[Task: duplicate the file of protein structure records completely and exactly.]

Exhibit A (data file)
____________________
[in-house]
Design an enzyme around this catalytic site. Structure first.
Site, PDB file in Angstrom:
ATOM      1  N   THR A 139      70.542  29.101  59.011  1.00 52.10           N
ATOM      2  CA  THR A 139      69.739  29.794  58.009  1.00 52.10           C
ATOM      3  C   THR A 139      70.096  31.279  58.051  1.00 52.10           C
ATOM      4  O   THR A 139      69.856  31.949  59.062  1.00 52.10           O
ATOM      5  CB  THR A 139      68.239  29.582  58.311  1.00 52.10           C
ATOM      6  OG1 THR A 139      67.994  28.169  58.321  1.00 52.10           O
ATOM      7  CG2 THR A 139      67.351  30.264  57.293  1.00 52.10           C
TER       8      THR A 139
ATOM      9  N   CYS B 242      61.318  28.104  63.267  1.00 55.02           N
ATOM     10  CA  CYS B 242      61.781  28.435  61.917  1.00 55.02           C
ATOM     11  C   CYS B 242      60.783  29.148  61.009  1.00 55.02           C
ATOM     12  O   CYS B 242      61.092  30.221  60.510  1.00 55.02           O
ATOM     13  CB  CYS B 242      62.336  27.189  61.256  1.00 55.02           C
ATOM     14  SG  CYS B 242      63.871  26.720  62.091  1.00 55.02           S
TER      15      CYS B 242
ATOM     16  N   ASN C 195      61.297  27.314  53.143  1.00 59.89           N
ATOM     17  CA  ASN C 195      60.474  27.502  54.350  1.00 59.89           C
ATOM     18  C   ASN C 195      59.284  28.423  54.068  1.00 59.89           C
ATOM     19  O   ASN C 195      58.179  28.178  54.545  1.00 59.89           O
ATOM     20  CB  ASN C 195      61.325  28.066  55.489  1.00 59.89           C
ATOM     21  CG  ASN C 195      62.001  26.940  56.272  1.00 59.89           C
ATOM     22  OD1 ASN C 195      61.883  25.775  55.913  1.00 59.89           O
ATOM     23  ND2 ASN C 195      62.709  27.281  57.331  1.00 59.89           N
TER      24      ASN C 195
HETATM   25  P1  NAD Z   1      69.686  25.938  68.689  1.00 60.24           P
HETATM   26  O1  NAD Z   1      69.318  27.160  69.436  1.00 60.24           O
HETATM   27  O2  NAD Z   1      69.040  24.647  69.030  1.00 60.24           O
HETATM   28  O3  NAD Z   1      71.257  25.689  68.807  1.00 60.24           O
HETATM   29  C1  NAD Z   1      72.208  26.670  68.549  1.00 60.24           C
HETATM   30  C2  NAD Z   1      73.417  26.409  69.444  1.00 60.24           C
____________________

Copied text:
[in-house]
Design an enzyme around this catalytic site. Structure first.
Site, PDB file in Angstrom:
ATOM      1  N   THR A 139      70.542  29.101  59.011  1.00 52.10           N
ATOM      2  CA  THR A 139      69.739  29.794  58.009  1.00 52.10           C
ATOM      3  C   THR A 139      70.096  31.279  58.051  1.00 52.10           C
ATOM      4  O   THR A 139      69.856  31.949  59.062  1.00 52.10           O
ATOM      5  CB  THR A 139      68.239  29.582  58.311  1.00 52.10           C
ATOM      6  OG1 THR A 139      67.994  28.169  58.321  1.00 52.10           O
ATOM      7  CG2 THR A 139      67.351  30.264  57.293  1.00 52.10           C
TER       8      THR A 139
ATOM      9  N   CYS B 242      61.318  28.104  63.267  1.00 55.02           N
ATOM     10  CA  CYS B 242      61.781  28.435  61.917  1.00 55.02           C
ATOM     11  C   CYS B 242      60.783  29.148  61.009  1.00 55.02           C
ATOM     12  O   CYS B 242      61.092  30.221  60.510  1.00 55.02           O
ATOM     13  CB  CYS B 242      62.336  27.189  61.256  1.00 55.02           C
ATOM     14  SG  CYS B 242      63.871  26.720  62.091  1.00 55.02           S
TER      15      CYS B 242
ATOM     16  N   ASN C 195      61.297  27.314  53.143  1.00 59.89           N
ATOM     17  CA  ASN C 195      60.474  27.502  54.350  1.00 59.89           C
ATOM     18  C   ASN C 195      59.284  28.423  54.068  1.00 59.89           C
ATOM     19  O   ASN C 195      58.179  28.178  54.545  1.00 59.89           O
ATOM     20  CB  ASN C 195      61.325  28.066  55.489  1.00 59.89           C
ATOM     21  CG  ASN C 195      62.001  26.940  56.272  1.00 59.89           C
ATOM     22  OD1 ASN C 195      61.883  25.775  55.913  1.00 59.89           O
ATOM     23  ND2 ASN C 195      62.709  27.281  57.331  1.00 59.89           N
TER      24      ASN C 195
HETATM   25  P1  NAD Z   1      69.686  25.938  68.689  1.00 60.24           P
HETATM   26  O1  NAD Z   1      69.318  27.160  69.436  1.00 60.24           O
HETATM   27  O2  NAD Z   1      69.040  24.647  69.030  1.00 60.24           O
HETATM   28  O3  NAD Z   1      71.257  25.689  68.807  1.00 60.24           O
HETATM   29  C1  NAD Z   1      72.208  26.670  68.549  1.00 60.24           C
HETATM   30  C2  NAD Z   1      73.417  26.409  69.444  1.00 60.24           C